Yeast Derivative Products (YDPs) & Aroma

Yeast Derivative Products (YDPs) can aid with fermentation by providing nitrogen and nutrients and with clarity by binding with colloidal compounds. But recent research has been focusing on how they can impact aroma. Remember that YDPs are just inactivated yeast developed to provide specific reactionary compounds. YDPs are made by using heat, enzymes, or even physical processes and are really just an extension of the autolysis process that occurs when cider is aged on its lees. YDPs are similar to commercial yeast strains. That is because, like commercial yeast, YDPs are created to produce targeted compounds versus the randomness you’d get in a wild or natural environment. Research is just starting to explore how these inactivated yeast can be utilized to enhance aroma. As noted by Peggy Rigou and associates, there are three types of aromas: varietal, fermentative, and aging(1).

Varietal aromas are terpenoids, thiols, and methoxypyrazines. As expected, these come from the fruit that you use. Each apple or pear variety will have unique aroma characteristics. The fermentative aromas are formed when yeast metabolize volatile compounds. The common fermentative aromas are higher alcohols, acetate and ethyl esters, volatile acids, sulfur compounds, and aldehydes(1). Higher alcohols usually have the greatest aromatic impact and are formed through the Ehrlich pathway. The final type of aromatic compounds are those created during the aging of cider. Most of these aromas are formed from reactions between compounds. When yeast die and become inactive, they release compounds stored in the cell walls and cytoplasm into the hard cider. These compounds react with others to create aromas.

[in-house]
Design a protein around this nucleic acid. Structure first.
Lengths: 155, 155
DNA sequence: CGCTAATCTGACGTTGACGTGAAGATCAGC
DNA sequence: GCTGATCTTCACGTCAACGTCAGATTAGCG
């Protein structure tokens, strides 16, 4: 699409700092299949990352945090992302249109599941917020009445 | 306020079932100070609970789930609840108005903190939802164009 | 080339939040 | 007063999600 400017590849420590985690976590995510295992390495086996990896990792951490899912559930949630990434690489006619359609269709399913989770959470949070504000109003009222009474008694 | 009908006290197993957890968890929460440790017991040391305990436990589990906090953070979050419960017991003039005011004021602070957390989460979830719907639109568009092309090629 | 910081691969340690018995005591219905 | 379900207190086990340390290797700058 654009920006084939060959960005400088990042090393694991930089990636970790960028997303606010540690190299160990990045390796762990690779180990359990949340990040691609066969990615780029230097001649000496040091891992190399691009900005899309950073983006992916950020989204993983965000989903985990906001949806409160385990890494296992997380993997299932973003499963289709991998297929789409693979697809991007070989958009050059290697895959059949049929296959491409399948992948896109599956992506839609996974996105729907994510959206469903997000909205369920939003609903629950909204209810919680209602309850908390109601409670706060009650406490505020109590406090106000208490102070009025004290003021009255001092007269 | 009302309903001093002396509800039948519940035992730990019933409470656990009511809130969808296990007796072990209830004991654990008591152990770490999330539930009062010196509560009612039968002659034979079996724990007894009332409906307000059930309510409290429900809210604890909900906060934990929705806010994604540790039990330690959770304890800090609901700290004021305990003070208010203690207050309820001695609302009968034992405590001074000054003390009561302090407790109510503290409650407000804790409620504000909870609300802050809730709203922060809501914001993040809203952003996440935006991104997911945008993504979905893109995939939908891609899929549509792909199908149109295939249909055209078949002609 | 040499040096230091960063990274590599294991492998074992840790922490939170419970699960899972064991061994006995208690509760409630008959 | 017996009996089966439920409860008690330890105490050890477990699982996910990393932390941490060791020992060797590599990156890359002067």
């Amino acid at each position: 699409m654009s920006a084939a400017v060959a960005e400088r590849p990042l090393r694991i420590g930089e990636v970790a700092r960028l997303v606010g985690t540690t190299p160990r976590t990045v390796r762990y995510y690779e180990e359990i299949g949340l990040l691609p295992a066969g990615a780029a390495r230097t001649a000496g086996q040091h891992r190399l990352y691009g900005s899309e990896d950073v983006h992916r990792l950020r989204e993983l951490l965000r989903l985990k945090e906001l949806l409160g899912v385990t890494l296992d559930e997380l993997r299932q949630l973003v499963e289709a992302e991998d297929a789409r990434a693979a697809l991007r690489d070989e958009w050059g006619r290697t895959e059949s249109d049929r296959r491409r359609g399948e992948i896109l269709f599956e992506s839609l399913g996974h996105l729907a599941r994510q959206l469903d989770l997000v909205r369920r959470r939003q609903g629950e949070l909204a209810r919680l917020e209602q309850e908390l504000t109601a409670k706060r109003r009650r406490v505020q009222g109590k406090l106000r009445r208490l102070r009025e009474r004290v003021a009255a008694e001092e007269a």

The normal time this occurs is during maturation or aging. As yeast die, they fall to the bottom and becomes sediment or lees. The gross lees include the yeast from fermentation but also many solids originally in the juice. Normally, cider is racked or removed from these gross lees. Some residual yeast is usually still suspended in the cider. This flocculates and precipitates out with time to form fine lees, which are similar to gross lees but contain less solids and more yeast. YDPs are equivalent to these fine lees. However, YDPs have known compounds that will be released when added to your cider. Adding them before fermentation will usually provide nitrogen and nutrients that aid fermentation. Adding them post fermentation can assist in clearing cider. Both also can contribute compounds that produce volatile aromas as part of the cider making process.

As noted earlier, there are three main types of aromas in hard cider. The apple varieties used to make the cider have different compounds that can form aromas unique to that apple. Some of these aromas are present in the raw apple while others are created. YDPs can provide compounds that enhance the varietal aromas. Fermentative aromas are formed by yeast during fermentation. Yeast want to reproduce. To do that, they need nutrients and a source of energy (i.e. sugar). While nitrogen is one of the main nutrients, there are numerous other compounds including vitamins and minerals that are also important. Yeast use different pathways to collect the nutrients they need for reproduction. These processes can also create aromatic compounds or the precursor compounds that produce aroma. Aging or maturation aromas are the final type. These aromas are created when compounds react. The reactions can be the result of lactic or acetic acid bacteria or they can occur as the result of time, temperature, and acidity.

Different Apple Varieties

Varietal Aromas

The most common varietal aromas in wine are terpenoids, thiols, and methoxypyrazines(1). Here is a list of common varietal aromas compounds with their threshold value(1). Remember that aroma compounds can influence other aroma compounds even when they are below their threshold levels. Some YDPs can enhance these varietal aromas.